The decision to opt for an abortion (for whatever reason) is never an easy one. We should therefore stop casting aspersions on anyone grappling with such a decision, because of our prejudices and misguided emotional/social/religious/cultural rhetoric. Every circumstance deserves access to every available option and given that women make up the majority of Namibia’s population, why do they not have the option to terminate an unplanned pregnancy for any reason, if they so choose?
Legalising abortion does not automatically mean that everyone will choose that option. The principle is to have the option available, as an addition to the current options such as adoption, abstinence, forced teenage parenthood, baby dumping and infanticide, poverty and the continued disempowerment of girls and women.
Please explain how the current policy of allowing female students to continue schooling up until one month prior to confinement makes any sense. This policy, although well-intended, does not address the broader socio-economic problems that teenage pregnancies attract. It is short-sighted, discriminatory and seems to perpetuate irresponsible behaviour on the part of men, boys and girls’ families who all too often go to extraordinary and criminal lengths to conceal/deny their involvement in such pregnancies.
Why are teenage girls forced to continue these unwanted pregnancies? Most of these pregnancies are a result of rape, intimidation, threats, ignorance, financial gain and the emotional immaturity of teenagers (which is to be expected since their brains are still growing). They are not emotionally ready to be parents and no amount of yelling, blaming, punishment will prevent irresponsible behaviour. However, correct information, open discussions about sex and sexuality and an understanding of what happens during puberty, would be a better way of guiding teenage behaviour in a non-threatening manner.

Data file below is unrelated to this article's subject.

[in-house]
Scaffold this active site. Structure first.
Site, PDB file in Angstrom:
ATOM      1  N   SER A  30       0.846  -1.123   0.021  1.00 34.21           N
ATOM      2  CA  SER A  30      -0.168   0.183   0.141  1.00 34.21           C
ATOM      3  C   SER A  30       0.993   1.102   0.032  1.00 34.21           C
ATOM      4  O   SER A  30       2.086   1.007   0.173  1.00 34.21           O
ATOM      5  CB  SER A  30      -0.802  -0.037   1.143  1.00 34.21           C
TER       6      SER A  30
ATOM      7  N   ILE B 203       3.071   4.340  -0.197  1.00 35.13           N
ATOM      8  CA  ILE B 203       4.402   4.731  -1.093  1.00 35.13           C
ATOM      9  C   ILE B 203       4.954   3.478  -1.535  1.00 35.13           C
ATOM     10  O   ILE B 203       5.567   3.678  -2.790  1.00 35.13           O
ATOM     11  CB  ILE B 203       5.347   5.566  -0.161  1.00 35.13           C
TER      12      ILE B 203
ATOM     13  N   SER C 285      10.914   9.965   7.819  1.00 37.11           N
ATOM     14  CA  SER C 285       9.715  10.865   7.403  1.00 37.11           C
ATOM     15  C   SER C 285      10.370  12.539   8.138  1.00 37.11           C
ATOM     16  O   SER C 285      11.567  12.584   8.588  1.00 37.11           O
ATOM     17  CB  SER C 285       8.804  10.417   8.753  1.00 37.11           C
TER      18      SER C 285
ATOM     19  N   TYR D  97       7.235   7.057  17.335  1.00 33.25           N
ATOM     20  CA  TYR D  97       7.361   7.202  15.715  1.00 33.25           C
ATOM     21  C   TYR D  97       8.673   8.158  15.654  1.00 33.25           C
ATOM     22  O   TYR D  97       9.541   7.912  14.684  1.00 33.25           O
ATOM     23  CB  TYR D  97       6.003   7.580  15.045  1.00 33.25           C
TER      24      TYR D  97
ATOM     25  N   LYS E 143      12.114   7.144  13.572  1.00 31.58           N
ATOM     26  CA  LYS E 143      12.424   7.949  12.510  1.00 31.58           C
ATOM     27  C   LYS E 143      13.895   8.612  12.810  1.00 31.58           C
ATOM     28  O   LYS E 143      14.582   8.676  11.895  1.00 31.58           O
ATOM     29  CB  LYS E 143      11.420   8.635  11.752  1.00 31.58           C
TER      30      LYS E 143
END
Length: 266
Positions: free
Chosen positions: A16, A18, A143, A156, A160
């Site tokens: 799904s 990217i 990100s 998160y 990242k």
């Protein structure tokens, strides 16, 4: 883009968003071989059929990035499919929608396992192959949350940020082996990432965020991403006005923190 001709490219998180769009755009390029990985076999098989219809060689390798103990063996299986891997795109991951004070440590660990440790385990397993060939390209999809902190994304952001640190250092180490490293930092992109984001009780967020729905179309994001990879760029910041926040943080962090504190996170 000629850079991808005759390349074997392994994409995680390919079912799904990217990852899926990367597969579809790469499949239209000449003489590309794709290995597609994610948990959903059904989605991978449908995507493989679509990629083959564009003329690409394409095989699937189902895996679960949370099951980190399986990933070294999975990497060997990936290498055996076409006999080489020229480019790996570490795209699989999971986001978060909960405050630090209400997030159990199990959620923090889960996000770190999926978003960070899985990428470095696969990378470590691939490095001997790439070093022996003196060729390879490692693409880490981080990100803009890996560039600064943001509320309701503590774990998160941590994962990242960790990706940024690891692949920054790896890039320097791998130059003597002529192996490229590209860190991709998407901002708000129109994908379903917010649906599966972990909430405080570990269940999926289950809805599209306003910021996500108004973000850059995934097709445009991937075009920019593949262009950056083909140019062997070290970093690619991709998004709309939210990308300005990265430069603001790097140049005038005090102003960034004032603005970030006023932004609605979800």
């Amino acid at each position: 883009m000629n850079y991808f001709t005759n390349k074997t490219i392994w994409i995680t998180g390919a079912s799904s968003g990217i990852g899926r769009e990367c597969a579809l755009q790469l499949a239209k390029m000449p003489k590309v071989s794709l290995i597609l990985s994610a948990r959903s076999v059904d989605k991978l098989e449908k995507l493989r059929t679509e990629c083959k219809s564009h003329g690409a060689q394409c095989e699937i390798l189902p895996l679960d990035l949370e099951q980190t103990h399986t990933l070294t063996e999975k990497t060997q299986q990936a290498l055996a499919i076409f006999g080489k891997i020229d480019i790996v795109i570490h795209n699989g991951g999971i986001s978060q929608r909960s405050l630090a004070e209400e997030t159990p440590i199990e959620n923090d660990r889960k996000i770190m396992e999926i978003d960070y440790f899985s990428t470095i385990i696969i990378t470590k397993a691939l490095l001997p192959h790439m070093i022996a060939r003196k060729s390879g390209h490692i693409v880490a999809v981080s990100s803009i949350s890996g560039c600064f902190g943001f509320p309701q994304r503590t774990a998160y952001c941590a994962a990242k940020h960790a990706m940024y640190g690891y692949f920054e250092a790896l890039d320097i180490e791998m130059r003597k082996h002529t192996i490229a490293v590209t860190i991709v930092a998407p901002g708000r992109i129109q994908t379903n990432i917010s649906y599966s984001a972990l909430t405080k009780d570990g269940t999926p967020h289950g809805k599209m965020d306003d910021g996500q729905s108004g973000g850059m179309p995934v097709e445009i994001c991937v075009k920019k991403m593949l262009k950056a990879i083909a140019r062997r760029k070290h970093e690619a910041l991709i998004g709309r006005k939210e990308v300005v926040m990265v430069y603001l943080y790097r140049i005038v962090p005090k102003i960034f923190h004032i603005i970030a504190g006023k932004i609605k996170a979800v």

Sadly, in most instances, these girls come from single-parent, poverty-stricken households with limited or no access to family-planning information, contraception or gender-specific rights training. The lure of money, good grades, or conversely, the fear of being failed by a teacher or principal, fear of physical harm to herself or her family if she doesn’t yield to sexual demands, are but some of the reasons that teenage girls end up in such situations. To introduce a policy that allows them to remain in school for the duration of an unwanted/unplanned pregnancy is insulting to say the least! It is insulting because this policy seems to support the ineffectiveness of the police, school authorities, parents, communities, courts, social workers and the like, to promptly and effectively address these criminal cases. It also forces the pregnant student to interact and/or face her perpetrator/accomplice on a daily basis, not to mention the social ostracism, gossip and ridicule, with little or no recourse to the law or internal school disciplinary procedures.
This policy should be scrapped and replaced with strict, prompt and effective adherence to statutory rape and criminal law regulations as well as internal school disciplinary procedures. School authorities must be held accountable for the conduct of all their representatives whereby school boards and principals who fail to keep their teenage pregnancy rates below a 1% annual target, should all resign and be brought before the law.